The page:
Published: Thu, January 10, 2019
Economy | By

FDA Halts Routine Food Inspections Due to Government Shutdown

FDA Halts Routine Food Inspections Due to Government Shutdown

Just past year, the agency and the CDC helped pinpoint an outbreak of E. coli to romaine lettuce and track breakfast cereal that sickened some people with salmonella. "There are important things we are not doing", Gottlieb told NBC News.

Gottlieb said that the agency, which oversees about 80 percent of the food supply, is continuing to surveil foreign manufacturers and imported food, as well as any domestic producers involved in a current recall or outbreak.

Scott Gottlieb, the head of the agency, said in a series of tweets that the FDA would normally inspect about 160 domestic manufacturing and food processing plants each week, about a third of which are associated with high-risk foods (like seafood, soft cheeses, and fresh fruits and vegetables).

The U.S. government isn't doing routine food inspections because of the partial federal shutdown, but checks of the riskiest foods are expected to resume next week.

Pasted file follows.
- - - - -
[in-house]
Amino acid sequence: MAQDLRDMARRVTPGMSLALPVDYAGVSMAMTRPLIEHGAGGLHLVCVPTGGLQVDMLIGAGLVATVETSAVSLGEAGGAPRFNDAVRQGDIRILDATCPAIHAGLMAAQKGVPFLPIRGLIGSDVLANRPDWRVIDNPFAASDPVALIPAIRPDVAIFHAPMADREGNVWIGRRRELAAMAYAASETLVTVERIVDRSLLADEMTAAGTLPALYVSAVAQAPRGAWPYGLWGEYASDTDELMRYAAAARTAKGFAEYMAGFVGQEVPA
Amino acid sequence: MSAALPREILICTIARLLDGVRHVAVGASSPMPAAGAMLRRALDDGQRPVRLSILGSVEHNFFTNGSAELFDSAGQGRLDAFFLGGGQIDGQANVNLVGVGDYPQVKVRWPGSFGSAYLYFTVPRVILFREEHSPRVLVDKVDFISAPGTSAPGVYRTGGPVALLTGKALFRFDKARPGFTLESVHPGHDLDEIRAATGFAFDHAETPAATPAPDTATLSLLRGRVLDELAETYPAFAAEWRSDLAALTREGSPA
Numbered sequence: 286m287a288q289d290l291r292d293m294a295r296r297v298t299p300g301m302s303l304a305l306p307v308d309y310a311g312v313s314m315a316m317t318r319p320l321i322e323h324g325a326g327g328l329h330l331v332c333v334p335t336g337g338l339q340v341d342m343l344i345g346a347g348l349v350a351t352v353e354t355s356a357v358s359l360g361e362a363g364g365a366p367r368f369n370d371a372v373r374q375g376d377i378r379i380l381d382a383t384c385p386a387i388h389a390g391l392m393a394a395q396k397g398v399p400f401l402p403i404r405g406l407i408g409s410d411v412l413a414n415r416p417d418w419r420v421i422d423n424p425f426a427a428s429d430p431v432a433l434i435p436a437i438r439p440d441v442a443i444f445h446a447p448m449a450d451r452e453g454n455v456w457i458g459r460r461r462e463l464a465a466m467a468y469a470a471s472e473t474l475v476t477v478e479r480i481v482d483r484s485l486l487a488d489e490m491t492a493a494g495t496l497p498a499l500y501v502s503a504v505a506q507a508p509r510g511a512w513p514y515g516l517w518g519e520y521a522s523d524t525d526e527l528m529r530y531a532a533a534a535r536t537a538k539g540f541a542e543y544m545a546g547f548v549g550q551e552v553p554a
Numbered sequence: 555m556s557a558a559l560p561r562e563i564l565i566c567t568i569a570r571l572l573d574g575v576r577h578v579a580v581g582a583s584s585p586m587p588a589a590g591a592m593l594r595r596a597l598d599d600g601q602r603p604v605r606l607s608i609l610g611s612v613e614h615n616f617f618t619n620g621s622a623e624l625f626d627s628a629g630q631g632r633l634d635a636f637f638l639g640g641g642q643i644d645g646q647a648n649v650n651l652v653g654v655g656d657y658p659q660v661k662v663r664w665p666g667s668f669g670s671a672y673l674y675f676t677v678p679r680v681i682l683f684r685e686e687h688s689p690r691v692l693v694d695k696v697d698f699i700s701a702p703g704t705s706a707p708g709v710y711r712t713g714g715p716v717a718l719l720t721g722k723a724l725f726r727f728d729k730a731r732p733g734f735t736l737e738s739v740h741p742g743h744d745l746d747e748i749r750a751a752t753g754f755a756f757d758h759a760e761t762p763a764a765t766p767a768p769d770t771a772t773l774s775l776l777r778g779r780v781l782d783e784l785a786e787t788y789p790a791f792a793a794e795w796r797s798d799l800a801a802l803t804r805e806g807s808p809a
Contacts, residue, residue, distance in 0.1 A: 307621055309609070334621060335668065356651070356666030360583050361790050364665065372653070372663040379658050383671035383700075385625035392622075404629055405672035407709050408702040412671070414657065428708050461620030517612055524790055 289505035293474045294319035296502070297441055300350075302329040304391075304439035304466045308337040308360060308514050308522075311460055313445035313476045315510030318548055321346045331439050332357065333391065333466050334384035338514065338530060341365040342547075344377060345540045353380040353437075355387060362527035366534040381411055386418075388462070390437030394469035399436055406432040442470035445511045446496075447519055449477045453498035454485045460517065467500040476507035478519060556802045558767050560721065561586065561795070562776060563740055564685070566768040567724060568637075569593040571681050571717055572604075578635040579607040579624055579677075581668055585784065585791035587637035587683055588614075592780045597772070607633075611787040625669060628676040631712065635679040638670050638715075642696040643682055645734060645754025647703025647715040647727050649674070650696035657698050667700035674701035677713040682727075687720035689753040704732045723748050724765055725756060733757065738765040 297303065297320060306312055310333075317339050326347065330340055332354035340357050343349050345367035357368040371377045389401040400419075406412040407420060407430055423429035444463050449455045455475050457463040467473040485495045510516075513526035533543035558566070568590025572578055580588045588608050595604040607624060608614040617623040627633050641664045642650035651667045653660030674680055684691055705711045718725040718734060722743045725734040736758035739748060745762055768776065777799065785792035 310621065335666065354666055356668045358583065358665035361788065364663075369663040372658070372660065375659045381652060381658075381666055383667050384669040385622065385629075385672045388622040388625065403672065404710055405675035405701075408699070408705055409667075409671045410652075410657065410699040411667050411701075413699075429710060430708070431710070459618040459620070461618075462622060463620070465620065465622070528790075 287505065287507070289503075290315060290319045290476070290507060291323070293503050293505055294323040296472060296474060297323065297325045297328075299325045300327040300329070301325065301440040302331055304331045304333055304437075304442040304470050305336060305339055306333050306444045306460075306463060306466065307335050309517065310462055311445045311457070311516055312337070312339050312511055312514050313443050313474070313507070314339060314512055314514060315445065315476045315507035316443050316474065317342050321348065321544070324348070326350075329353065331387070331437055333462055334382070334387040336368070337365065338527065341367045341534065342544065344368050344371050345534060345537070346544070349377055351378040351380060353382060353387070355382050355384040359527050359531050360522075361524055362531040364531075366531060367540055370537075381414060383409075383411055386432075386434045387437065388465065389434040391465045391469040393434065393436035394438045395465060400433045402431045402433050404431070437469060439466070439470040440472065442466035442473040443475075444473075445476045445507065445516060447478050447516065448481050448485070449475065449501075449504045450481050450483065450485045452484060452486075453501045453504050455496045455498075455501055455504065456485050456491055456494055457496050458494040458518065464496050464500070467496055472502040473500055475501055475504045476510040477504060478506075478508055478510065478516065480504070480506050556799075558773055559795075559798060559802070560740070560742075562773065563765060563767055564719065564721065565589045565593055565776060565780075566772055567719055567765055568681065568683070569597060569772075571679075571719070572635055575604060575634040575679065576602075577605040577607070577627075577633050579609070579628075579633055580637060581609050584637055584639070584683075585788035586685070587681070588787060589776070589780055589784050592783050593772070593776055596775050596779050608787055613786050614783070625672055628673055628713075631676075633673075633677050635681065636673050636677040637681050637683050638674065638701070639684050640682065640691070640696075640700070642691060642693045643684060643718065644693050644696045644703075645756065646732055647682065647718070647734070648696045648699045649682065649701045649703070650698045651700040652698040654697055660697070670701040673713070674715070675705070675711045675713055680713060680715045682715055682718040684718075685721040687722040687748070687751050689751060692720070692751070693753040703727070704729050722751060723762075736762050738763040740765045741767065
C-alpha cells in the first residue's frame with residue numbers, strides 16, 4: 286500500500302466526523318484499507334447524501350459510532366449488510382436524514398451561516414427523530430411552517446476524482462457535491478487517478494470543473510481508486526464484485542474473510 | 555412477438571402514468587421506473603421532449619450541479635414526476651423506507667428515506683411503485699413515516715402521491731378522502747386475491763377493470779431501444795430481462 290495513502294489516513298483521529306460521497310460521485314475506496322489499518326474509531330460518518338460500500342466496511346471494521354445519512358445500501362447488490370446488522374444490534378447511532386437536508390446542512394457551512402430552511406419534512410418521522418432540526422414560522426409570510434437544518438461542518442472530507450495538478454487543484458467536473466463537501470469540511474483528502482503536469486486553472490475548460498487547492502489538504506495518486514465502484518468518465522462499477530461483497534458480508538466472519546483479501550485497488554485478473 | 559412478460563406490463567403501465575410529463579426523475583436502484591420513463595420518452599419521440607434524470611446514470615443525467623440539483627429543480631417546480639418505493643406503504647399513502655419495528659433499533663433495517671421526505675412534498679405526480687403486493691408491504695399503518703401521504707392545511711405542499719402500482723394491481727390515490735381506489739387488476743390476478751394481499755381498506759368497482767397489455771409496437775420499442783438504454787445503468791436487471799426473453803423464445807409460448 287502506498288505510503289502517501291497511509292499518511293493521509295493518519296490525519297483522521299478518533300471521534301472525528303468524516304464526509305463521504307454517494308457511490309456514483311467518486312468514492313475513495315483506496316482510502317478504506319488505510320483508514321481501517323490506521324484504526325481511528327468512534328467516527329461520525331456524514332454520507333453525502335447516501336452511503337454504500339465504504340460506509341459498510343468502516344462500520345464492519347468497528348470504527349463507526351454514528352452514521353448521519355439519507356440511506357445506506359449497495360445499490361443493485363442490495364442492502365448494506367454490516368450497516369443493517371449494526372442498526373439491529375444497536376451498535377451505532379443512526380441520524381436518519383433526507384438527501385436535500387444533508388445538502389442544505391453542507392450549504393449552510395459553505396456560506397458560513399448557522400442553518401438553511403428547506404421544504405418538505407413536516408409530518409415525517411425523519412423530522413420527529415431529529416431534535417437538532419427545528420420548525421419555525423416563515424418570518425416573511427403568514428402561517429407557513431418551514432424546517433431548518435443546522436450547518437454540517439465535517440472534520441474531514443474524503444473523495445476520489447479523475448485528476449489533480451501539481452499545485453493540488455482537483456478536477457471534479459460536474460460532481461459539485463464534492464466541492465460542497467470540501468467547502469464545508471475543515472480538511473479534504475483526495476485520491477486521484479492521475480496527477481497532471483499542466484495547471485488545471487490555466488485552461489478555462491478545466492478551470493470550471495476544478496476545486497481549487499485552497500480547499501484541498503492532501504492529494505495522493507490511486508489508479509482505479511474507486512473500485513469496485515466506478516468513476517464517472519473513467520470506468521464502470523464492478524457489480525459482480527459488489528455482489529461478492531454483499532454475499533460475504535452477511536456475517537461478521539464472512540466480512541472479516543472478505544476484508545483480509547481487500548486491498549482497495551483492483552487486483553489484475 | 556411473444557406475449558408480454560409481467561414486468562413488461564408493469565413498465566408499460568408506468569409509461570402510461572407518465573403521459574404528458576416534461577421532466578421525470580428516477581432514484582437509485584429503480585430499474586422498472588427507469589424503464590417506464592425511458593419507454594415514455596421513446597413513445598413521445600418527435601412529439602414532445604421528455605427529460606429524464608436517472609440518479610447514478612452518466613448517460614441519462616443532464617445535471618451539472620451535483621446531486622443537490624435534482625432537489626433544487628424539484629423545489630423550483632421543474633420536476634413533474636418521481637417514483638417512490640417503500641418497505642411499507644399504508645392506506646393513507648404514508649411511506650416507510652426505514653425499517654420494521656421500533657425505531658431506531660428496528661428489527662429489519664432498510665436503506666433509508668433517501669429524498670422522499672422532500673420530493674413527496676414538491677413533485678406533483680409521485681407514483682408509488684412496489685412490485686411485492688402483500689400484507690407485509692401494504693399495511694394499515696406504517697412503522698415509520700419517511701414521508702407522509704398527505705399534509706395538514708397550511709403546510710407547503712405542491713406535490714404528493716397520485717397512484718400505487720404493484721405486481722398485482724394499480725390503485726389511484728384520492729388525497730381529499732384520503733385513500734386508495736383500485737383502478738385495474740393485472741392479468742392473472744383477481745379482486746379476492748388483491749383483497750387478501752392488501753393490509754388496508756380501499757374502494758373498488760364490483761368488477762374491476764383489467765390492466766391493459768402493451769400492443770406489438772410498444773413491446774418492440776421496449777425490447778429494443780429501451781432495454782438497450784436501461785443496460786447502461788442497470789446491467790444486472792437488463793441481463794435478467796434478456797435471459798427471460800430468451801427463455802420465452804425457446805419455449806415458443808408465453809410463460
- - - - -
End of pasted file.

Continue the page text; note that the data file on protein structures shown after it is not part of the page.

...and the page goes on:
The FDA plans to either find new funding to bring inspectors back, or order them to work until the shutdown is over, then offer backpay. "That puts our food supply at risk", Sorscher said. "Regular inspections, which help stop foodborne illness before people get sick, are vital".

The Centers for Disease Control and Prevention estimates 48 million people in the USA get sick each year from food-borne diseases and about 3,000 of those people die.

"We are still performing those inspections and do routine sampling in both processors and retail establishments", said Heather Lansdowne with the Kansas State Department of Agriculture.

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